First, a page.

An MRI scanner has been adapted to capture moving as well as still images for the first time.
UK researchers have taken images of diseased body parts in four dimensions — time, width, height and depth. The images will help clinicians diagnose diseases in constantly moving vital organs, such as the heart and the lungs. At present, still MRI scans of moving bodily organs appear blurred.
Computer models that describe how the organs move are overlaid on still images taken from MRI scans. By combining the two, researchers are able to scan moving parts.
The researchers are also building models to describe how different organs should behave when they are functioning normally, said Prof David Hawkes, director of the five-university Interdisciplinary Research Collaboration (IRC) specialising in improving medical images. ‘In near-imaging we are able to build detailed models of certain structures within the brain and use them to automatically drive brain images, such as for the study of dementia.’
Clinicians need to understand how the brain works so they can diagnose problems more accurately. Pharmaceutical companies must understand the brain so that they can tell whether drugs designed to lessen the effects of, for example, dementia will be successful.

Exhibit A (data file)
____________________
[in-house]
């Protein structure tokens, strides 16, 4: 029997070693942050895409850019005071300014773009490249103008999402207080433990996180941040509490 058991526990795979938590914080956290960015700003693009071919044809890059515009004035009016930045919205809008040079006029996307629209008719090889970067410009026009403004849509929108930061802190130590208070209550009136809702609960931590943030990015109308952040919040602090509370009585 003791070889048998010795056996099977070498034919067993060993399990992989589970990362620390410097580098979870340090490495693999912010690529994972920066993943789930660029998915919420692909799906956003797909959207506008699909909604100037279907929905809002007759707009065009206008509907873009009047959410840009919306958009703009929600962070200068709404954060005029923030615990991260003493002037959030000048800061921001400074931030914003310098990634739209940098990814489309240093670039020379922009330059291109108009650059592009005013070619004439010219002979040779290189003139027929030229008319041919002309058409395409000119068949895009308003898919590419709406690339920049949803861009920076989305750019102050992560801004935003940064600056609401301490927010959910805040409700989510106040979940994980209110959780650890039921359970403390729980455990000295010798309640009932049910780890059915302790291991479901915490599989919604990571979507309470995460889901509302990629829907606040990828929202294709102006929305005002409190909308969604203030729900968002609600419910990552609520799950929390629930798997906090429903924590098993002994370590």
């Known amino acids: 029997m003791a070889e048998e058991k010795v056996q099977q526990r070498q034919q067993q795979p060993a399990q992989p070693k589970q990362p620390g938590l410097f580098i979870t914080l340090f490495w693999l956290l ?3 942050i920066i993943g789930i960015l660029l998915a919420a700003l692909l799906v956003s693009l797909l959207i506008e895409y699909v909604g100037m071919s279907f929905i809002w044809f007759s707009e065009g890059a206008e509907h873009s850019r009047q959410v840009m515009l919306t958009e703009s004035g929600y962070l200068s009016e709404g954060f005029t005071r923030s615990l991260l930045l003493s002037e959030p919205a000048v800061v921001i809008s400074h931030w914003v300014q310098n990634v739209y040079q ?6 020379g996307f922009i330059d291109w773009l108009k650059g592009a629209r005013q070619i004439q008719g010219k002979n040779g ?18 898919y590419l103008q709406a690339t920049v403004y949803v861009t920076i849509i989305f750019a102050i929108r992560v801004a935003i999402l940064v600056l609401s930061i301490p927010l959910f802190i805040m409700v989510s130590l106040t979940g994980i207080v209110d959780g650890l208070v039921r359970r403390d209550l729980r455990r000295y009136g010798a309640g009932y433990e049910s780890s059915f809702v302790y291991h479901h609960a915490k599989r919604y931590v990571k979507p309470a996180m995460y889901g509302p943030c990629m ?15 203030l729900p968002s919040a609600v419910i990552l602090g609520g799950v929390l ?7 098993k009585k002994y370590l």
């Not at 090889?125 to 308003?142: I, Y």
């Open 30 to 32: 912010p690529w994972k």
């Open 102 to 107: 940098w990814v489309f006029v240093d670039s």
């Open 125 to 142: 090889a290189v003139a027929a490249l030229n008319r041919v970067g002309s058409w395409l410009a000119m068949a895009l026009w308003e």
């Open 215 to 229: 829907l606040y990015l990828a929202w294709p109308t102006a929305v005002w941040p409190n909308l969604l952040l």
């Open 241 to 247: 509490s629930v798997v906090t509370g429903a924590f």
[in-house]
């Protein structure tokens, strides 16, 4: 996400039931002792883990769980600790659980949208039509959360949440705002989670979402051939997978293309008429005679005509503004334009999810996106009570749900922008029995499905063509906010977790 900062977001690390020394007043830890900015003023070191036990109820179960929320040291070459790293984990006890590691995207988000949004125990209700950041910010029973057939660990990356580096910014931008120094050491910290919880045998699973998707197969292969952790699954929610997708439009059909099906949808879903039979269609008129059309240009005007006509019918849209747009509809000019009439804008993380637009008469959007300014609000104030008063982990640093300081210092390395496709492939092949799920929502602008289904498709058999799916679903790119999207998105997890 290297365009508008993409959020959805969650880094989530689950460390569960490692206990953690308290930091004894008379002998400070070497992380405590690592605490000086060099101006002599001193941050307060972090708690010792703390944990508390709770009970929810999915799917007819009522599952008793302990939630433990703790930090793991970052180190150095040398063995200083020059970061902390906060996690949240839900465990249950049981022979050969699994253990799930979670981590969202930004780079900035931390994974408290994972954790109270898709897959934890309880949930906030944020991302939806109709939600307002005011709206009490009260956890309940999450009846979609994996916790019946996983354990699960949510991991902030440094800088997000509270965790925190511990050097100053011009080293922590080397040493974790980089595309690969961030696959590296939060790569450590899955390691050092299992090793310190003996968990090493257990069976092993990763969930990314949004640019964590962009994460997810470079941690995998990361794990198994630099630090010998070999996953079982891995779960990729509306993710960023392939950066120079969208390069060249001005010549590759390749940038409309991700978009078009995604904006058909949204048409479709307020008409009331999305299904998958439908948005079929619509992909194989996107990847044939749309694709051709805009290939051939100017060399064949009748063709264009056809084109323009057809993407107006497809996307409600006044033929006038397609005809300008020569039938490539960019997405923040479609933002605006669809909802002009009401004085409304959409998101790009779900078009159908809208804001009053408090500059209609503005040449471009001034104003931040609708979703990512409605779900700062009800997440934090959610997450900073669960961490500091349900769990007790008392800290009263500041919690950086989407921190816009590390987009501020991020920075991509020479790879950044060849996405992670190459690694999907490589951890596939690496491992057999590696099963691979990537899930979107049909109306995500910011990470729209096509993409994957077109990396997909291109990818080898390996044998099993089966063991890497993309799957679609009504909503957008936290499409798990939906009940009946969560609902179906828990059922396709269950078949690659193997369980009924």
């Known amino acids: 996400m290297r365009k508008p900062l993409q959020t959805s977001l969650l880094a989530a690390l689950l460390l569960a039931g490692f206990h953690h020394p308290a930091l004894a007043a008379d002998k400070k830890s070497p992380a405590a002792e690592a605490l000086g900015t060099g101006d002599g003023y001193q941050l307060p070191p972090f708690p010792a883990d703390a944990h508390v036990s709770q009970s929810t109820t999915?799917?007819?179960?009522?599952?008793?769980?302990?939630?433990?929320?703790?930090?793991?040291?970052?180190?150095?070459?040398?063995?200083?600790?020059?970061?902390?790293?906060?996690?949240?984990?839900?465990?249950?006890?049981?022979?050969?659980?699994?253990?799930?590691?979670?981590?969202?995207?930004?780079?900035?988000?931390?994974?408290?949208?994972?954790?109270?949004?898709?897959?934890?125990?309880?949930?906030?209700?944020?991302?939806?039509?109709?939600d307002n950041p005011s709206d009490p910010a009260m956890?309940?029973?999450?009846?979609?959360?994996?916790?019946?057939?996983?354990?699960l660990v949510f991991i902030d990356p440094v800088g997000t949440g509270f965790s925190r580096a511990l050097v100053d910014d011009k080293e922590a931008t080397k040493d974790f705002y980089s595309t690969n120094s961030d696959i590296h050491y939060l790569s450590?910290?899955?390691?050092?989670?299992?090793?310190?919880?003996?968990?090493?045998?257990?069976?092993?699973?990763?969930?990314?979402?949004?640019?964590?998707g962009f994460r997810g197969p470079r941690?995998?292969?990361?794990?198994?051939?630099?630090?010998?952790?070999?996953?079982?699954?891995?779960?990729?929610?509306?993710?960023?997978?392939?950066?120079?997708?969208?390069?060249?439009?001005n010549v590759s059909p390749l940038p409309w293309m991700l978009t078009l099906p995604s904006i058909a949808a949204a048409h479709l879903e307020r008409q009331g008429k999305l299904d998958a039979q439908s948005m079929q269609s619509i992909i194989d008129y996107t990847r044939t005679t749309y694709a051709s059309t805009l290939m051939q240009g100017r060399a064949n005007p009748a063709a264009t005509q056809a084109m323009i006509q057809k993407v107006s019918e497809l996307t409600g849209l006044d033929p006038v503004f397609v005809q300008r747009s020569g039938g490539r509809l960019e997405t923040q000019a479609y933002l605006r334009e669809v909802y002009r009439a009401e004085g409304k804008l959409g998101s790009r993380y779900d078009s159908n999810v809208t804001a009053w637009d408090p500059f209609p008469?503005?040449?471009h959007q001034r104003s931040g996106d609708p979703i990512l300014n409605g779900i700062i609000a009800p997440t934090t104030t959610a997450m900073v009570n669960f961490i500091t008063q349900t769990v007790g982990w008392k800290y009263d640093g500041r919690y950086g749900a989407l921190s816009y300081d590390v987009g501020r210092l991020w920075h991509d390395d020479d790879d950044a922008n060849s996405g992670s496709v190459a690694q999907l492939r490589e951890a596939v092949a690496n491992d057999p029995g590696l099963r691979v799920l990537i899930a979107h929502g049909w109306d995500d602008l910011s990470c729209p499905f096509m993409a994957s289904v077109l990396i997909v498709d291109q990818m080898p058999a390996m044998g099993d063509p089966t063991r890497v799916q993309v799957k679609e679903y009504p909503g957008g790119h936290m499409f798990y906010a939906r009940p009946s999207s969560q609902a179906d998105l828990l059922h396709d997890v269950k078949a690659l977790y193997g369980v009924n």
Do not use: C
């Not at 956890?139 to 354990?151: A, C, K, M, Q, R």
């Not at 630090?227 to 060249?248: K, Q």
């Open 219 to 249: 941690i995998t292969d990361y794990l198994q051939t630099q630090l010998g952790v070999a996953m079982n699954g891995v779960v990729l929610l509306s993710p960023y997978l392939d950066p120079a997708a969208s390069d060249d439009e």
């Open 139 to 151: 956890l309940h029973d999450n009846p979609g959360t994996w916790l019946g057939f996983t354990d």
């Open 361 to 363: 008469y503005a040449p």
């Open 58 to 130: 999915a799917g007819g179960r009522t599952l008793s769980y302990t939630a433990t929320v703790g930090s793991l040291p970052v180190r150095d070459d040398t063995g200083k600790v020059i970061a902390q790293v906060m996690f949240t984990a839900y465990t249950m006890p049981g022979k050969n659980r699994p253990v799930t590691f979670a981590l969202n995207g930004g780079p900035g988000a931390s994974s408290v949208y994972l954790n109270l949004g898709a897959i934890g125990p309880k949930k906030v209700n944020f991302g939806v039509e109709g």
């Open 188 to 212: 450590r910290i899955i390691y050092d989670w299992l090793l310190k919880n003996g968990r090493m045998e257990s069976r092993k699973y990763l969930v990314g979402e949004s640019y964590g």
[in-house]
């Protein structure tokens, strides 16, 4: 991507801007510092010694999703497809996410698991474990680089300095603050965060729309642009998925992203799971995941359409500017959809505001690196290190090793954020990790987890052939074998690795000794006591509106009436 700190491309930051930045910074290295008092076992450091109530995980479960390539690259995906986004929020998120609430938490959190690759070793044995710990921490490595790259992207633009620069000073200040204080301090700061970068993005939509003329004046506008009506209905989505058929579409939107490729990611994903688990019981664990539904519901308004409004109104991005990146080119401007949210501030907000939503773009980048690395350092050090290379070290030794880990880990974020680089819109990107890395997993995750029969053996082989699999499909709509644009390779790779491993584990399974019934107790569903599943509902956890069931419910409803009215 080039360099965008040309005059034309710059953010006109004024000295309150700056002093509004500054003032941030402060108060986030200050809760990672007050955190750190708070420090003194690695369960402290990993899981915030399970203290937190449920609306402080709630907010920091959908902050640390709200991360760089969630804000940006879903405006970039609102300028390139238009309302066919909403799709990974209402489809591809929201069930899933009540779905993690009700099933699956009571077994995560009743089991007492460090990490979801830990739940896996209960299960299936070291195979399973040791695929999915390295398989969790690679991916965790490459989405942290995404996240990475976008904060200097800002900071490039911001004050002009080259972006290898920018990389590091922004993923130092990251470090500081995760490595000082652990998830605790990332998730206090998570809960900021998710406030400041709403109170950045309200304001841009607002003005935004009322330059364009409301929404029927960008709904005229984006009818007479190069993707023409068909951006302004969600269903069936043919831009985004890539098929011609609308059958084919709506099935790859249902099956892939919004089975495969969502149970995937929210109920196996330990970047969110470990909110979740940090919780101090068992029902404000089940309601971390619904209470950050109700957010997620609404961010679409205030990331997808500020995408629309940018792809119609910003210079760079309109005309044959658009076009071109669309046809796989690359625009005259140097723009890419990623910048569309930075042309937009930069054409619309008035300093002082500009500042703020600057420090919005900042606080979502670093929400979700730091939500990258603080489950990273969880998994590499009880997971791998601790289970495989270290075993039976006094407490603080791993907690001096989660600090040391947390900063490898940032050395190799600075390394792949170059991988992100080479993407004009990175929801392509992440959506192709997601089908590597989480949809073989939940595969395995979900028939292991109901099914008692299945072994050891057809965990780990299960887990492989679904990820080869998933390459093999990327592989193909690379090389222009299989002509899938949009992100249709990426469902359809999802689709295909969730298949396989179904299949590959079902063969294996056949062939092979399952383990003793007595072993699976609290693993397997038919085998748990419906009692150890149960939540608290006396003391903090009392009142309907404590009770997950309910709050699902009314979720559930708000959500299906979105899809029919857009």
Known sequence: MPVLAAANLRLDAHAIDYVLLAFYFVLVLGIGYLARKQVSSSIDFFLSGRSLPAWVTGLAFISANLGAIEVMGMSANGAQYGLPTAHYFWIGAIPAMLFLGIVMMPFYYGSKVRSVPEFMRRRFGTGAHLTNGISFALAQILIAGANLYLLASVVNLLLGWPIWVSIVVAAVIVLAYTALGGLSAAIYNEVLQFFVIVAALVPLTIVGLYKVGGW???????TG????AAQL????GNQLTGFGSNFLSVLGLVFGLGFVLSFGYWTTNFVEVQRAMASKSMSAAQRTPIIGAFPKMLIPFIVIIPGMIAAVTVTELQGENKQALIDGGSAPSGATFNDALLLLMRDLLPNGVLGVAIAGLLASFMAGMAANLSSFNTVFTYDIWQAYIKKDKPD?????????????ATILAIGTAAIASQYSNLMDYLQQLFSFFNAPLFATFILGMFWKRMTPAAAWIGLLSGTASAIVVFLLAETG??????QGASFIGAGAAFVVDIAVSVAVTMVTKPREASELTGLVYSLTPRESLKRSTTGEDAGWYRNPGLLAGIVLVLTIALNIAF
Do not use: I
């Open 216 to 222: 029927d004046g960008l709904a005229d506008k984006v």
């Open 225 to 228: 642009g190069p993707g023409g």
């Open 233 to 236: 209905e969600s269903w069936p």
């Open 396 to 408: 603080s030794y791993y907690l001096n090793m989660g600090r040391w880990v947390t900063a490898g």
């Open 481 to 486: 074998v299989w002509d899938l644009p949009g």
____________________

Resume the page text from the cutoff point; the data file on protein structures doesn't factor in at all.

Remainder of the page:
All five universities — Imperial College, King’s College, UCL and Oxford and Manchester — receive funding from drugs companies, including AstraZeneca and GlaxoSmithKline.
But the IRC’s work goes beyond making MRI scanners more effective. Researchers have also developed models for ultrasound scans so that treatments for breast cancer can be more accurately assessed during clinical trials. By using these improved models, clinicians should find it easier to tell whether a tumour is malignant or benign. If an operation is needed, the improved scanning technology will enable the clinician to locate the tumour more accurately.
Hawkes said: ‘We have been bringing together x-ray scans, MRI and some functional imaging that makes certain tissues brighter in the image.’
The researchers are also seeking to understand how the human body works from a molecular level up to a millimetre scale. By plotting what the human body does on such a small scale, they are able to help drugs companies better target disease and illnesses.
One model that has already been proved to be effective describes how the brain regulates the flow of blood to the head. By rotating volunteers through 360º, researchers were able to understand how the brain continues to receive a steady supply of blood at all times. They measured blood pressure and used an ECG to build the model. Having developed the working model, drugs companies can now more accurately assess treatments designed to limit the effects of strokes.